Integrating e-mail and search campaigns

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Last year, the luster of social media dimmed search engine marketing’s star. But according to the Search Engine Marketing Professional Organization (SEMPO’s) sixth annual “State of Search Engine Marketing Report,” released in March, the search market is expected to spring back in 2010. The report, based on a global online survey of more than 1,500 marketers and agency respondents, estimated that the North American search engine marketing industry will grow from $14.6 billion in 2009 to $16.6 billion by the end of this year—a 14% change. But this increase won’t come from e-mail budgets. (The report found that 49% of respondents would be shifting that money from print and 36% would be shifting it from direct mail.) In fact, said Nicholas Einstein, director of strategic & analytic services for Datran Media, this shift in spending only illuminates an opportunity for e-mail marketers.

“I don’t see people doing it very often, but marketers should be thinking about campaigns that bring search and e-mail together,” he said. “By combining the two you can build your e-mail list and drive opt-ins.”

Marketers overlook the opportunity because search, especially in some categories, can be very expensive and competitive, so they focus only on the core business objective of driving near-term incremental revenue while overlooking the long term, Einstein said. Here are four things he said everyone should be thinking about when planning any search campaign:

  1. Include an e-mail sign-up on every search landing page, and make it very visible. “This is a huge opportunity because, when someone opts in when they find you via search, you can tie back any e-mails to the original search terms,” he said.

    Simply put, if someone searches “green Web server,” you know that they will probably be open to e-mail campaigns that focus on that topic.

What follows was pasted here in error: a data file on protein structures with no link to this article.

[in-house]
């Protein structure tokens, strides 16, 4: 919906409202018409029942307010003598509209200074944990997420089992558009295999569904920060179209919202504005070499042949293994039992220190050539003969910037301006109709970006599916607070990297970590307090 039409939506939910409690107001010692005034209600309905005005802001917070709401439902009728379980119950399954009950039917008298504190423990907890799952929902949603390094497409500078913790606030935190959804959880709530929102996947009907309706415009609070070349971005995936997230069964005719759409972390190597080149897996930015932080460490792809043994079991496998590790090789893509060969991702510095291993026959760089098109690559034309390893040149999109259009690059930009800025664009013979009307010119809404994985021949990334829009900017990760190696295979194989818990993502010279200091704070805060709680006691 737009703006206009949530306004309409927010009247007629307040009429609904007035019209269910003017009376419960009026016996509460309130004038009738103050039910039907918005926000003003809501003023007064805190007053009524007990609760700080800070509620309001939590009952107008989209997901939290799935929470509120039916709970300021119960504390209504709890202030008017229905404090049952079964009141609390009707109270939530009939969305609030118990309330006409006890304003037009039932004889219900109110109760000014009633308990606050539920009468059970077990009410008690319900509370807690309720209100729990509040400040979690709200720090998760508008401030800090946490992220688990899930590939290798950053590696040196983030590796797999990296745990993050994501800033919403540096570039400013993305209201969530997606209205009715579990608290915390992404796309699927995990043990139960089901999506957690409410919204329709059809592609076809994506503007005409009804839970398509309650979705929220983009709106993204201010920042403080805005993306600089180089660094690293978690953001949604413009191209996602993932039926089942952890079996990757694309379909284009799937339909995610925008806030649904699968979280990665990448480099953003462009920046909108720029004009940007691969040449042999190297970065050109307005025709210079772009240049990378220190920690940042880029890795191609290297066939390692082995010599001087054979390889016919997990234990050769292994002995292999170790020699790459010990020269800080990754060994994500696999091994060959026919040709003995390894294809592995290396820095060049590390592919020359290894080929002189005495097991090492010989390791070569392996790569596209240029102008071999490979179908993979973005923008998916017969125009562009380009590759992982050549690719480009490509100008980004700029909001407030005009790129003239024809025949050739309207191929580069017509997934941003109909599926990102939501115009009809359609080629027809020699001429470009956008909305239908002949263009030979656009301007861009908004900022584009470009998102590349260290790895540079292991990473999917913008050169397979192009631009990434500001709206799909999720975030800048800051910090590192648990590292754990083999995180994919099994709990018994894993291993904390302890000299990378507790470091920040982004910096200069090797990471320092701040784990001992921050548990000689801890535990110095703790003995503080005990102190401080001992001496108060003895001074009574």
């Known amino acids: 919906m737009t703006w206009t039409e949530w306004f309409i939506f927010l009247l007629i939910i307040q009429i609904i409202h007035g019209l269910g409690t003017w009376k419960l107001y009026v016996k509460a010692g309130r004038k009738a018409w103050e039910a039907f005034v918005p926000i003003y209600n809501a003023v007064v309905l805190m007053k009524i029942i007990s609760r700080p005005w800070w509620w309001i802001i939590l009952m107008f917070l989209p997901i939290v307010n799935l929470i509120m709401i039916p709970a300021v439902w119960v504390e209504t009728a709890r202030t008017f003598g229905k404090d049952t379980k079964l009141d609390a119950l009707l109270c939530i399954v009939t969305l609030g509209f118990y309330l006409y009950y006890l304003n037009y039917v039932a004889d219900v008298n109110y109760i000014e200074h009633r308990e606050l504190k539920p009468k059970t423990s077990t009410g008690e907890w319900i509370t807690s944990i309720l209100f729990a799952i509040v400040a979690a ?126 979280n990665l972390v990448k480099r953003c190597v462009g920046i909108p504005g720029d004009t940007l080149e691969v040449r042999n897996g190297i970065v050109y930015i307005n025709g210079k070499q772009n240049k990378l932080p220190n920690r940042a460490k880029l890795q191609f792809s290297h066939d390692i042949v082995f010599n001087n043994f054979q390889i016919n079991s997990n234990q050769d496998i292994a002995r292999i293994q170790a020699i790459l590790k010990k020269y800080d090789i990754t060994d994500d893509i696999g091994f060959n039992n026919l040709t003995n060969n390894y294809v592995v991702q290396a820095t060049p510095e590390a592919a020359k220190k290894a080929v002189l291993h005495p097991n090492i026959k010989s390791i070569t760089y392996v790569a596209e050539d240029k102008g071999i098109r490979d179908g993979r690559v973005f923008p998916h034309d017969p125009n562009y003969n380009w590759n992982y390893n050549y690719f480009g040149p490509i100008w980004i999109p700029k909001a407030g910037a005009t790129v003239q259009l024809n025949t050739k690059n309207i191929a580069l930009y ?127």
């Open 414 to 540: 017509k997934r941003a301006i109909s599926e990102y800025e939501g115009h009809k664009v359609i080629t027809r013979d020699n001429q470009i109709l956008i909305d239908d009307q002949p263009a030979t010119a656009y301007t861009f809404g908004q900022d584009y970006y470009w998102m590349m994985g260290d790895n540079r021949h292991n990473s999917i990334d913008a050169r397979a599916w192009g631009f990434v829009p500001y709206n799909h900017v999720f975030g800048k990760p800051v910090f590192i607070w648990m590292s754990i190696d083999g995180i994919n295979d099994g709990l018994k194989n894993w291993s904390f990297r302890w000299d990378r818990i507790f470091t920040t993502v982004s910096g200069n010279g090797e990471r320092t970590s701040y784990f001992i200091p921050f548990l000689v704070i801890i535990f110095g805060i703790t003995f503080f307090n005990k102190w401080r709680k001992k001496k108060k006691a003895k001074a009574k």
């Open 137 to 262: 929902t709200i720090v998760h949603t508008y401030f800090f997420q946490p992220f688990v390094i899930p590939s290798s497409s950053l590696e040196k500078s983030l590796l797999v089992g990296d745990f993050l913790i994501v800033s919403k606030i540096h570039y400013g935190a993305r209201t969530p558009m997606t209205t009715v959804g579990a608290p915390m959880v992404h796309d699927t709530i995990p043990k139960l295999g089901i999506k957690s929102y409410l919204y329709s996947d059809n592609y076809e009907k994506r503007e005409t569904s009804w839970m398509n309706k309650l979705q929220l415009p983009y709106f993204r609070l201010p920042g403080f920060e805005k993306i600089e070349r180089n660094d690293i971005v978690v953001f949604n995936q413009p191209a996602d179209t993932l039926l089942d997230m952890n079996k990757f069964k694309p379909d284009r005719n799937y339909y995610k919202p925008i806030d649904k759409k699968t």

2. Tightly integrate search and e-mail marketing. What was the subject of this week’s e-newsletter? Did you update your paid search terms to reflect it? If you didn’t, you may be missing out. “If a current reader does a search for something they see in your newsletter and you’re the first paid link on the page, it boosts your visibility and caché in that customer’s eyes,” Einstein said. “Whether you’re pushing a white paper, or a conference or whatever topic, a tightly aligned campaign is going to generate synergy.”
  3. Post e-newsletter content to boost organic search rankings. Hosting versions of the newsletter on your website—in proper directory structure, of course—creates content that’s multipurpose and will be indexed by search engines, Einstein said. “It’s low-hanging fruit,” he said.
  4. Don’t get lazy. You might think that you can use the same landing page for an e-mail marketing campaign that you use for a paid search campaign. This is very rare, Einstein said. “Someone who comes to a landing page from search might have different needs than someone coming to the landing page from e-mail,” he said.

    For one thing, a searcher probably doesn’t know the basics about your company, and in some cases that click may be their first introduction to it, Einstein said. “You really need to hone your message for each specific channel and test different messages and content strategies based on individual channels,” he said.

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